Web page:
In May of 1993 the British medical journal The Lancet published a paper by a Danish researcher that linked a global decline in sperm counts in healthy men over the past 50 years to accumulation of estrogenlike compounds, mainly organochlorines, in the environment. While enviros grabbed the study as another proof of the health threat from chemical pollutants, many toxicologists say no such link has been established.
The authors of the Lancet article, reproductive biologists Neils Skakkebaek of National University Hospital in Copenhagen, Denmark, and Richard Sharpe of the British Medical Research Council, analysed 61 sperm count studies published between 1938 and 1990. The found that the sperm counts had declined drom 113 million per millilitre in 1940 to 66 million per millilitre in 1990. The Lancet paper suggestted that environmental estrogens may be one of the culprits.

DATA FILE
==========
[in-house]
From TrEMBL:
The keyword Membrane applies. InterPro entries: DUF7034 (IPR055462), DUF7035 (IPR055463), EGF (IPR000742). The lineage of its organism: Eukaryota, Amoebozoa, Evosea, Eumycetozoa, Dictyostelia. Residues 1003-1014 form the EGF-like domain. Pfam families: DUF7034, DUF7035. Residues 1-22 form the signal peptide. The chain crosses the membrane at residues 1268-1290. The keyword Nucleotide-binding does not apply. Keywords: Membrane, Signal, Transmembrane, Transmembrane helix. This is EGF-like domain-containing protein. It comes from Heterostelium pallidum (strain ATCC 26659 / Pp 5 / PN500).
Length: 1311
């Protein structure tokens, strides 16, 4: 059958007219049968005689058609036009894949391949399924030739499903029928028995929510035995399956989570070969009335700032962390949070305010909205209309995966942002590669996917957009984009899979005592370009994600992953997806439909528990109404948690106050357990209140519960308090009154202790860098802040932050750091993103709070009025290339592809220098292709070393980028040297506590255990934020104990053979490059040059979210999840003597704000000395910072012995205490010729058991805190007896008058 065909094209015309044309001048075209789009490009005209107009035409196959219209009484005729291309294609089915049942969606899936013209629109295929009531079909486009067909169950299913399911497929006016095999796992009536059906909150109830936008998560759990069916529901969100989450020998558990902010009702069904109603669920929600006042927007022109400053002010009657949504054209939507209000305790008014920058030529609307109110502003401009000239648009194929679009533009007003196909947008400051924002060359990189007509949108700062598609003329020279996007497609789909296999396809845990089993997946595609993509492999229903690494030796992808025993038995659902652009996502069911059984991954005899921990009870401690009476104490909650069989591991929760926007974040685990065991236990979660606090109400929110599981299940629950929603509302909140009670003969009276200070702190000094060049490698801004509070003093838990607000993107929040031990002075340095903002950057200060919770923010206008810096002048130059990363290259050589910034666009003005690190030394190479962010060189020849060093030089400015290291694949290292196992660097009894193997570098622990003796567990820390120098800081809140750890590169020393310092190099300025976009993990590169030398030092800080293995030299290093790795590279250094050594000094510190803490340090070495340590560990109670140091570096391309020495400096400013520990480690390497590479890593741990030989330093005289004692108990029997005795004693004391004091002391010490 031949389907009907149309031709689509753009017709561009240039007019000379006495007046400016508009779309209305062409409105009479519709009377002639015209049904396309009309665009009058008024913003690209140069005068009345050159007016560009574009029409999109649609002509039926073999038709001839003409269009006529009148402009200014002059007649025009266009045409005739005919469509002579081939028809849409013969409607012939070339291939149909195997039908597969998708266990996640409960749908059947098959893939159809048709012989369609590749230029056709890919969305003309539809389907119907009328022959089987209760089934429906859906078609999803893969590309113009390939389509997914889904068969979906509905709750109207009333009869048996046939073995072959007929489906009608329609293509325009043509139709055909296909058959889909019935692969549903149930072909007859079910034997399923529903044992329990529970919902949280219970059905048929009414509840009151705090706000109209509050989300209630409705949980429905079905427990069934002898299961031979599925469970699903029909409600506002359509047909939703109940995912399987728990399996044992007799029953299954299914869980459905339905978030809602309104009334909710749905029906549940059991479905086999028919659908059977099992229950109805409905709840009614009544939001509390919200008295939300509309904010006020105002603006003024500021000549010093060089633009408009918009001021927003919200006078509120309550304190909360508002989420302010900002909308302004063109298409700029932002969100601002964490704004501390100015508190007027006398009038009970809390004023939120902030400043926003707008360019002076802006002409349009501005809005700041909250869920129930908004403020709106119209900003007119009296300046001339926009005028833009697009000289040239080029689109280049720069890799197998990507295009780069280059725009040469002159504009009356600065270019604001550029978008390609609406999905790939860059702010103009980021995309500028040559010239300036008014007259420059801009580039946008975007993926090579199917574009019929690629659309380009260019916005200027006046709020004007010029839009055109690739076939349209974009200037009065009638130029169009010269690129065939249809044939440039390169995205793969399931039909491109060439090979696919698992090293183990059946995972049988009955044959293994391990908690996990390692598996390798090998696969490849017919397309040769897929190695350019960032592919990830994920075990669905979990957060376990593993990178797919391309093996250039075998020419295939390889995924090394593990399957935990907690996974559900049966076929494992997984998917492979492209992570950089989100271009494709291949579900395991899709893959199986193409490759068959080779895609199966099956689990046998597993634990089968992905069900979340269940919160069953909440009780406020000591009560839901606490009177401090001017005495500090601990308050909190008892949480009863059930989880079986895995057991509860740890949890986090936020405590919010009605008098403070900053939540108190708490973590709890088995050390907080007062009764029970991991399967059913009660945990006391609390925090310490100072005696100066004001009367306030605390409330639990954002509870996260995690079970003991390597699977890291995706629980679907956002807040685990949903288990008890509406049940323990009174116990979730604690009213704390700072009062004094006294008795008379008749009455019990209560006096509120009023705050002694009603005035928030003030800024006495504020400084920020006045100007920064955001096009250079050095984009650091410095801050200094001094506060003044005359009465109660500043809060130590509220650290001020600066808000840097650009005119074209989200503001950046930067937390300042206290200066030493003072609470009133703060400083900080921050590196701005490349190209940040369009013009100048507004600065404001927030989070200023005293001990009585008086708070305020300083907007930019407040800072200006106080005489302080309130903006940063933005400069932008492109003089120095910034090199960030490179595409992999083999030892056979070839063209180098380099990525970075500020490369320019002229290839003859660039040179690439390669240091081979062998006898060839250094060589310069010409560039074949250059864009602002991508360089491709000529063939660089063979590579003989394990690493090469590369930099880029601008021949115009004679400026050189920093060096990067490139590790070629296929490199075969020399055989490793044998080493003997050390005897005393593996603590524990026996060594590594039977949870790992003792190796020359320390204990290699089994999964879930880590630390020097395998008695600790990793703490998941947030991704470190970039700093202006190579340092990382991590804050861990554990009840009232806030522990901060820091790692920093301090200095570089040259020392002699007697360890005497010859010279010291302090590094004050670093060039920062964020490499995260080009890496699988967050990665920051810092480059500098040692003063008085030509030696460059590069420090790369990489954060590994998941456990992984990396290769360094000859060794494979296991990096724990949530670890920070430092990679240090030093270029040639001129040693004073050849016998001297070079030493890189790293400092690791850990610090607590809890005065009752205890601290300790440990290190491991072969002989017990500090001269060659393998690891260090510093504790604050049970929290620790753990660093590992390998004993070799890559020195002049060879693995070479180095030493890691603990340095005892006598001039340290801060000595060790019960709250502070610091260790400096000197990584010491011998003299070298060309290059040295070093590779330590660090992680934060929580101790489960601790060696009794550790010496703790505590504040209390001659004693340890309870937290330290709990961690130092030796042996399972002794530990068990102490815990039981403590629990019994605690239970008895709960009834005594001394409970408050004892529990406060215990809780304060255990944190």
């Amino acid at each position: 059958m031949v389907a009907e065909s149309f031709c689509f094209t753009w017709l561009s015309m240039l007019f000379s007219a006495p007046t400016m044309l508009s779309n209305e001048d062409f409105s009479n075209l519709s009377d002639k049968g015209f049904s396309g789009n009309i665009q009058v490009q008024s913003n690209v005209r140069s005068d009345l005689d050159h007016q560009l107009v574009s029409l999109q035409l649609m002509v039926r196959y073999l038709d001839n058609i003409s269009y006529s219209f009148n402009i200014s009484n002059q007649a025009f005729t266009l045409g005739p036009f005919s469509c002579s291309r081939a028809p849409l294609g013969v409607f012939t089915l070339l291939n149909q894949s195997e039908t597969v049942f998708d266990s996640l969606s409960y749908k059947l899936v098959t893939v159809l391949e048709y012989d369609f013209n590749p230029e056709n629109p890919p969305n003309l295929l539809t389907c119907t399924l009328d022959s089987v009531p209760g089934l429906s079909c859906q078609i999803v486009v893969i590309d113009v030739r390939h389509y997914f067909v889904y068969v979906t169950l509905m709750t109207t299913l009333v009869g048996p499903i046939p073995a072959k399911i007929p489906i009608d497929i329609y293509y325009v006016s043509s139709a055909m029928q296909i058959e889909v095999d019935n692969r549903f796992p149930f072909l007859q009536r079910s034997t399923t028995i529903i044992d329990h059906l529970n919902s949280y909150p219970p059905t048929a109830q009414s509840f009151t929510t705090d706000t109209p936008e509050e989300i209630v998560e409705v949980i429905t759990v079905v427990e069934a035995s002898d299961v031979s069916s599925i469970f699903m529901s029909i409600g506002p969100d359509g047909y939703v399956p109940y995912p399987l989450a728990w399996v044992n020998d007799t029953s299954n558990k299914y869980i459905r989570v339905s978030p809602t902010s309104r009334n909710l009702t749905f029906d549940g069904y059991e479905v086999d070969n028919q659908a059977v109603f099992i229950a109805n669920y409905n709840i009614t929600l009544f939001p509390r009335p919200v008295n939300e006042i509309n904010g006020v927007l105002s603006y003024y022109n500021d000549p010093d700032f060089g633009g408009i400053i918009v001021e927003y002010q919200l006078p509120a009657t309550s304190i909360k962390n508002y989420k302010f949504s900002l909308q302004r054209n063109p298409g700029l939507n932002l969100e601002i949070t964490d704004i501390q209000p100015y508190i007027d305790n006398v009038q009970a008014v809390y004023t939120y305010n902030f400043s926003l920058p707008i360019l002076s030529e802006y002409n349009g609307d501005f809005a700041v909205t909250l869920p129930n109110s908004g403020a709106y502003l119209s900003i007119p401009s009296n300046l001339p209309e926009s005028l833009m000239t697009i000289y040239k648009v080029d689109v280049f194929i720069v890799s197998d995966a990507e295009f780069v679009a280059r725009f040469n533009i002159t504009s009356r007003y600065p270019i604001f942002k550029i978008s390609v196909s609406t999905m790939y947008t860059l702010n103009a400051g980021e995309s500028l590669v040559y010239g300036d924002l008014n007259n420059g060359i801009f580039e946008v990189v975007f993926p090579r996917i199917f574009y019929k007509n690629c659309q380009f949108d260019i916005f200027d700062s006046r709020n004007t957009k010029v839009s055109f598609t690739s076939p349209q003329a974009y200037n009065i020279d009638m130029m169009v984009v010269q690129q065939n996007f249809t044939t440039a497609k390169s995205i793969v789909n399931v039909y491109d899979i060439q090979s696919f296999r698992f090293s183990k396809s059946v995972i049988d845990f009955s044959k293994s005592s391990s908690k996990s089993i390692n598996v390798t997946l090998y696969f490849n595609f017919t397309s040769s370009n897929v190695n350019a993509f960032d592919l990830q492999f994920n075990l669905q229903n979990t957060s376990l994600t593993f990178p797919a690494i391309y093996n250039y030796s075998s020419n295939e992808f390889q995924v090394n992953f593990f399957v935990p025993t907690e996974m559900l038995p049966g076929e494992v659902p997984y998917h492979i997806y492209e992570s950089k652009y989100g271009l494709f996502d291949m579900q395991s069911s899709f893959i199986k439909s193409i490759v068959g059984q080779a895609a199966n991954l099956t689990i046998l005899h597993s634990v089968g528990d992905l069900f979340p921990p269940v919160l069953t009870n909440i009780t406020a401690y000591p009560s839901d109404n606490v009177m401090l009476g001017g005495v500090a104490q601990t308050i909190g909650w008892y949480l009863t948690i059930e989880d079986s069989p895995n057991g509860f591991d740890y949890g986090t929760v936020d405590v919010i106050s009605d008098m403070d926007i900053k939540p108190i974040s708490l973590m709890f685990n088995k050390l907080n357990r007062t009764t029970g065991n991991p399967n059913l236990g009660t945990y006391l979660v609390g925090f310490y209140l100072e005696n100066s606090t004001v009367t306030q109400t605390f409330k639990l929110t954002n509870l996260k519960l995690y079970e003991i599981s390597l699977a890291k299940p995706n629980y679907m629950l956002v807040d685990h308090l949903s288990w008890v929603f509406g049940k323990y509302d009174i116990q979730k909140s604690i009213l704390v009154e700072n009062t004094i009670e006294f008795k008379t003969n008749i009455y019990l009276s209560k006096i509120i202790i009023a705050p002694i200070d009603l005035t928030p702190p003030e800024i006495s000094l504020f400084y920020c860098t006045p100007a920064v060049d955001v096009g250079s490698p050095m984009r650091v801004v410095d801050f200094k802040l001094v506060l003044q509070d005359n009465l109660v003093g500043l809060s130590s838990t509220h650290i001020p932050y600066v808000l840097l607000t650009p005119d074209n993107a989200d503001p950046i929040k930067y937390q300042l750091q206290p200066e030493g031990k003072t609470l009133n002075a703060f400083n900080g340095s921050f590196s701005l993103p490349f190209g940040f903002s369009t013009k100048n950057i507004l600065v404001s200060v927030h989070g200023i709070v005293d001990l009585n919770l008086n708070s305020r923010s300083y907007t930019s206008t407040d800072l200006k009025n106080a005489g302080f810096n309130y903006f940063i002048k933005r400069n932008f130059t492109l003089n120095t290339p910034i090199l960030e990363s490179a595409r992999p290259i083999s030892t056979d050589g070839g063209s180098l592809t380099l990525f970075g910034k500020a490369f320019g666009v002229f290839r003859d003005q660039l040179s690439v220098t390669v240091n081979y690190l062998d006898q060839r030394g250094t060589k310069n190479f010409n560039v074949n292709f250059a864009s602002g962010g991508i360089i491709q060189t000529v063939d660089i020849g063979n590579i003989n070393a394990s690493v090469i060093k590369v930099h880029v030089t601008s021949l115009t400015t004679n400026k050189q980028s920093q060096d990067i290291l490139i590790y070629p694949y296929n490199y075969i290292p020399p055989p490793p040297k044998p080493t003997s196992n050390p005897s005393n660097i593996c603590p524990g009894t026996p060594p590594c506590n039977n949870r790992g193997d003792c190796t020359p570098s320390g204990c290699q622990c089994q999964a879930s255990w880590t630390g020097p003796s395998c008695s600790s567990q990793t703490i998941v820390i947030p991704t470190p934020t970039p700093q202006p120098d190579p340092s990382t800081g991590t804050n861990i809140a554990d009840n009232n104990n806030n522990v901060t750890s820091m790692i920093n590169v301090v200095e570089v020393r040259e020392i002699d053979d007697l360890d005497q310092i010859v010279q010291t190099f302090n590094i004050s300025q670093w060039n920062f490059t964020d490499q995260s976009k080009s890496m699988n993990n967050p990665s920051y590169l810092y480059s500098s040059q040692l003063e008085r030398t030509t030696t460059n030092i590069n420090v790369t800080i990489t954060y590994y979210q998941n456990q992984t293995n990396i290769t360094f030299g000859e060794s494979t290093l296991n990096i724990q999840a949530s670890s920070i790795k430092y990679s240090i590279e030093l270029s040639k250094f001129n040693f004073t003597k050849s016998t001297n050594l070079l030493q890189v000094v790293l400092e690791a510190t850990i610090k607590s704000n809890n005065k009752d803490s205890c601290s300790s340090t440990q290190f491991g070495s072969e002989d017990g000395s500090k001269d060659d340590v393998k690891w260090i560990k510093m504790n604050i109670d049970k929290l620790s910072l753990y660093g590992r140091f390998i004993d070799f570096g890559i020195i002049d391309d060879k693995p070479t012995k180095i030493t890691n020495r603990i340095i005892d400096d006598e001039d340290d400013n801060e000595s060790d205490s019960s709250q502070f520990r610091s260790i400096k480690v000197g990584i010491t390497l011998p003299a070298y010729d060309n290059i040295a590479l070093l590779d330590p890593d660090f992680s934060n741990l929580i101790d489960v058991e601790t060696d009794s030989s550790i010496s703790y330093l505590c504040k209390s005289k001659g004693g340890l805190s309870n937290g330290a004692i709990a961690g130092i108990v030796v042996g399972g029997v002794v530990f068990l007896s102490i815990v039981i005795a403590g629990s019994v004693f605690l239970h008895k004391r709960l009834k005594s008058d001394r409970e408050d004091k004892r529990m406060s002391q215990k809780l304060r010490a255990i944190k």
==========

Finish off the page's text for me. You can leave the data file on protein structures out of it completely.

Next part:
Sceptics advise caution while interpreting such studies. They argue, for instance, that the sperm counts have not, as the study seems to suggest, dropped steadily throughout the half-century. On a closer look, they found that in the 48 studies published since 1970 -- accounting for 88 per cent of men -- sperm counts actually increased slightly. The implication is that the decline occured before 1970.
Other scientists ask whether the drop in pserm count might be due to increases in venereal diseases such as chlamydia. Untangling such potential confounding factors is a nearly impossible task, says Neil MacLusky, a researcher at the University of Toronto Medical School.